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From Sven de Marothy <s...@physto.se>
Subject RE: Stop worrying about licenses!
Date Tue, 17 May 2005 14:12:18 GMT
On Tue, 2005-05-17 at 10:58 +0930, Nick Lothian wrote:
> One specific question that I haven't seen addressed elsewhere:
> Currently the FAQ for classpath says:
> "If you are going to contribute source code to GNU Classpath we must
> make sure that you have not studied the source code of the JDK/JRE or
> decompiled any of its classes." [1]

Yes. GNU Classpath has a strict clean-room policy.

> The FAQ for the new Java Research Licence says:
> "18. Does the JRL prevent you from being able to create an independent
> implementation of J2SE?
> The JRL is not a tainting license, and includes an express "residual
> knowledge" clause. Under the JRL, merely looking at Sun's code does not
> prevent you from being able to create your own independent
> implementation of J2SE, and in any event, you can terminate the JRL at
> any time for any reason. So, yes, you can look at Sun source code and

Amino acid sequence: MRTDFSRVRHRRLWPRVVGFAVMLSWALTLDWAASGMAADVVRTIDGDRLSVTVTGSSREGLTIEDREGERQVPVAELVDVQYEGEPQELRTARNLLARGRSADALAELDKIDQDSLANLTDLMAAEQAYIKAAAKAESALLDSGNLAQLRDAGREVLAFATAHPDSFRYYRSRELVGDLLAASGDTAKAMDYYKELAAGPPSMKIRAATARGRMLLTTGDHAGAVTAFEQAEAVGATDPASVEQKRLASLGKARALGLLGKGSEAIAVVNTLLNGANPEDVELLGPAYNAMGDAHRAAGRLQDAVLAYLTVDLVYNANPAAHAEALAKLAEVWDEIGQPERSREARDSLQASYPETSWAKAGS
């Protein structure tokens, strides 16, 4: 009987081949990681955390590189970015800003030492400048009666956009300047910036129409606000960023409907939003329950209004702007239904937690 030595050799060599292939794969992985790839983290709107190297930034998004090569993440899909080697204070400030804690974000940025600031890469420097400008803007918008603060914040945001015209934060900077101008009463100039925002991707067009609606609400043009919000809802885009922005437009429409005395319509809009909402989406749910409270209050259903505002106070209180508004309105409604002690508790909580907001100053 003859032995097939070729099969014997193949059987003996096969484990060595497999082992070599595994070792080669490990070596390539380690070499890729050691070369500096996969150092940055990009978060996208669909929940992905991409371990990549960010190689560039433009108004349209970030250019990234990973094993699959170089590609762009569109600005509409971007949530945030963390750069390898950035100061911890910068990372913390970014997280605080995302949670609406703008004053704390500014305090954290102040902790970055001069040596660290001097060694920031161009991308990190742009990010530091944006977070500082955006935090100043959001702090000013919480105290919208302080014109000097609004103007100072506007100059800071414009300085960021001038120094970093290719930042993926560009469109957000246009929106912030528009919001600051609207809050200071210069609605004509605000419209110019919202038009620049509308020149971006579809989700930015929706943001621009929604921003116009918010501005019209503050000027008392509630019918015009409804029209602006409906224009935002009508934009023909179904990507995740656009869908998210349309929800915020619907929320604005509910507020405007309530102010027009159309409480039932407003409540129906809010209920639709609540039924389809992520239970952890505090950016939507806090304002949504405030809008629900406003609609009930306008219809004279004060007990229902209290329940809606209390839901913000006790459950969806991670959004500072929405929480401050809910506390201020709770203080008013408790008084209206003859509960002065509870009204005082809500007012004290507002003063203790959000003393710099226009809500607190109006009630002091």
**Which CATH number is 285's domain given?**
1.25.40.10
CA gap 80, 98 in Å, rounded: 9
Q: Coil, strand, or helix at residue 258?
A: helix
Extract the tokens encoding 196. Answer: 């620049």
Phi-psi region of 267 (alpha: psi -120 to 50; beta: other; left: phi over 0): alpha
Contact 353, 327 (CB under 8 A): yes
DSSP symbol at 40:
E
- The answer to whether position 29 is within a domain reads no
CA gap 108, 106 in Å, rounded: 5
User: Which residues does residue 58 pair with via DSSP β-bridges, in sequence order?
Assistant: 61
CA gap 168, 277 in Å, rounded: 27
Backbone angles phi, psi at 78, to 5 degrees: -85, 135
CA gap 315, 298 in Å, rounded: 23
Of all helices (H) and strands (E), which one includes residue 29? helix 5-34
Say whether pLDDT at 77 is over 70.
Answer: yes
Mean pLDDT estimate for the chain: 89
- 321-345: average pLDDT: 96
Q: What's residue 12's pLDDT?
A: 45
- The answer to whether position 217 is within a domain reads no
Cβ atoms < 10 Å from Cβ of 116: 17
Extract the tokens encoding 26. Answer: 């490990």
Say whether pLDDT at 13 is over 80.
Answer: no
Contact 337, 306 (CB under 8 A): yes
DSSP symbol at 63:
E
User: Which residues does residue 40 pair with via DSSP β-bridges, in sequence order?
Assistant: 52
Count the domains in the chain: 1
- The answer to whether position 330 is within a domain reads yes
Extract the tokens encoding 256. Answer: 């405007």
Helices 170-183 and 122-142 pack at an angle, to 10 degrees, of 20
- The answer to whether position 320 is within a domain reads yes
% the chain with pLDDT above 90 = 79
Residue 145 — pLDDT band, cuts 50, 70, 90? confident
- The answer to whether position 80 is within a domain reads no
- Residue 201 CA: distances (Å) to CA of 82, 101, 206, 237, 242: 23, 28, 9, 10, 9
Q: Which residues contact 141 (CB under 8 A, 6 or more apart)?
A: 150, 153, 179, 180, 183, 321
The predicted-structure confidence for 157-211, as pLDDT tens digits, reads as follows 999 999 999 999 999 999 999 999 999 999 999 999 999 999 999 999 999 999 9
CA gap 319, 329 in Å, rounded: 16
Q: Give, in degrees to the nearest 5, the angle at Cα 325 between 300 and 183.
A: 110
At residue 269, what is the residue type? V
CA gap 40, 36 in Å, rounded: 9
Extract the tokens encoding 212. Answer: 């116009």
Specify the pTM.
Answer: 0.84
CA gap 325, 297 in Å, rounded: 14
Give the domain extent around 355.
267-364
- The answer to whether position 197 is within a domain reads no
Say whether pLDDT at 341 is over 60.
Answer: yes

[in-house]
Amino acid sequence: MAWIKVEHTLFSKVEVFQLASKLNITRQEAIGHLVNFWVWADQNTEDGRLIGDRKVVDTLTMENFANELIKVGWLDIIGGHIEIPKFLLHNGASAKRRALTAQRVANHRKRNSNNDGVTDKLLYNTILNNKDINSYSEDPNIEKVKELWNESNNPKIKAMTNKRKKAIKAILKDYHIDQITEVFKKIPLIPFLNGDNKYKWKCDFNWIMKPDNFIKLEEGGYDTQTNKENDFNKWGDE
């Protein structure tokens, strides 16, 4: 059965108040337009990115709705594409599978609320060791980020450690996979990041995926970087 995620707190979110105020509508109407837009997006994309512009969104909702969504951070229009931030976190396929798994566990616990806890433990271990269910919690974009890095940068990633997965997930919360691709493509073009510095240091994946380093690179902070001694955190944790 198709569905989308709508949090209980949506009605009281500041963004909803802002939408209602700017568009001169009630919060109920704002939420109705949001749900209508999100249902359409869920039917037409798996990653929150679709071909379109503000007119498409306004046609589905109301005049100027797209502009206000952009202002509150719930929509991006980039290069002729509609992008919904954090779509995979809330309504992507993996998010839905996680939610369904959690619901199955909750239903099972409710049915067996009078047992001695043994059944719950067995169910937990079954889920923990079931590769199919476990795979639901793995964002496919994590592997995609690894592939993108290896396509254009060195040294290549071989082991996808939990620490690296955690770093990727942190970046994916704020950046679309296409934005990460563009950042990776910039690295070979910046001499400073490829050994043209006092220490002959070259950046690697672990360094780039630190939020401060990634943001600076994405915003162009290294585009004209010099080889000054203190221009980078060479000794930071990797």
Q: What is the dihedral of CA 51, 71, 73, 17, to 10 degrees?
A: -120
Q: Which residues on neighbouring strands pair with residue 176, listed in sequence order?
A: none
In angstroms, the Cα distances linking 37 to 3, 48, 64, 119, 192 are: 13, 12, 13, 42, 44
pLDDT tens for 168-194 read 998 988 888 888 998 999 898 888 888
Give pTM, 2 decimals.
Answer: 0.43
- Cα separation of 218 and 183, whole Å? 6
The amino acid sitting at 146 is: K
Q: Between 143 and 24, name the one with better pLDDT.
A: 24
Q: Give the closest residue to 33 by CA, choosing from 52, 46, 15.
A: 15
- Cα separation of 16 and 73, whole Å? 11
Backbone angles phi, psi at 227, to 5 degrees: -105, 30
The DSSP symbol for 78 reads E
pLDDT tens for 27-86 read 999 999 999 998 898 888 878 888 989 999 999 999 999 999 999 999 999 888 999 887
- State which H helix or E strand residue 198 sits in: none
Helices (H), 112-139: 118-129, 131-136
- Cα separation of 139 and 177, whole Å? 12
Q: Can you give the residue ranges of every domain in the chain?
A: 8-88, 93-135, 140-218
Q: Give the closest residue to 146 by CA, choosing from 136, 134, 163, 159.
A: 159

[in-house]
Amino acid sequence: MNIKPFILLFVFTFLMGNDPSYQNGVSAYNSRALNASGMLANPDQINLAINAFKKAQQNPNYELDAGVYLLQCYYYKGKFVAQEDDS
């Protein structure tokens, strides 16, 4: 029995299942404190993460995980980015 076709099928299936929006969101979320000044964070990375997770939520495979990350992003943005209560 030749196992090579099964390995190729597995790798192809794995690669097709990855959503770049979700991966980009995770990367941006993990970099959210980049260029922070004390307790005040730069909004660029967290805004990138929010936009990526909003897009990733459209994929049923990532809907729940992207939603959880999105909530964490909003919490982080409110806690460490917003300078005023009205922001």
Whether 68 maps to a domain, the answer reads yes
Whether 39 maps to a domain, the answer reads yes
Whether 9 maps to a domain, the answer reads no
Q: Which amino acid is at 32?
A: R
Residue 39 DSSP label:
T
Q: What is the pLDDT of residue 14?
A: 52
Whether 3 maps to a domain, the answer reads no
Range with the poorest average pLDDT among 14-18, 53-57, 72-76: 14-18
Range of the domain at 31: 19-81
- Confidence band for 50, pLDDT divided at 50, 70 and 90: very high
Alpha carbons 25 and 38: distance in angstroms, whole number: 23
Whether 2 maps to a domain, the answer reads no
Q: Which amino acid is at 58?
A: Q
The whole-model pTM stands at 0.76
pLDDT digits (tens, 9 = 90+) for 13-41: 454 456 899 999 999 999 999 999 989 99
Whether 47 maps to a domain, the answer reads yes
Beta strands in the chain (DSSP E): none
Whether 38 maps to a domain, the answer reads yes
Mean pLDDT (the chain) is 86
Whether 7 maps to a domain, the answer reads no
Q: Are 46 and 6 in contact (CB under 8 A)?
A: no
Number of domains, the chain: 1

> then later on go and work on an open-source J2SE implementation." [2]

>>From what I understand, FSF-legal hasn't said anything official on this
yet, but it's still a grey area. See this thread:

> Given these inconsistencies is it safe to look at the Sun JDK if we are
> planning to work on Classpath (and/or Harmony)

Bad wording. There is no inconsistency here. 

No. I would STRONGLY advise against looking at Sun's sources, no matter
what Sun's license says. In my experience hacking on Classpath, and as a
Java coder, there are very few cases where you would ever need or want
to look at Sun's sources anyway. Even though it might be OK with this
new license, why take the risk?

Harmony hasn't decided how to relate to this either, but the Harmony
proposal suggests a cautious stance as well:

"Historically, there has been wide exposure to VM and class-library-
specific source code that is the property of Sun Microsystems as well
as others, as it is common for commercial J2SE implementations to be
based on licensed Sun code.  We wish to make every effort to ensure
that the licenses and rights of external projects and efforts is
properly respected.  To that end, we will explore additional ways to
work with the Apache Incubator to ensure that all IP is carefully
monitored and tracked as it enters the project."

Let the FSF and ASF lawyers sort it out.


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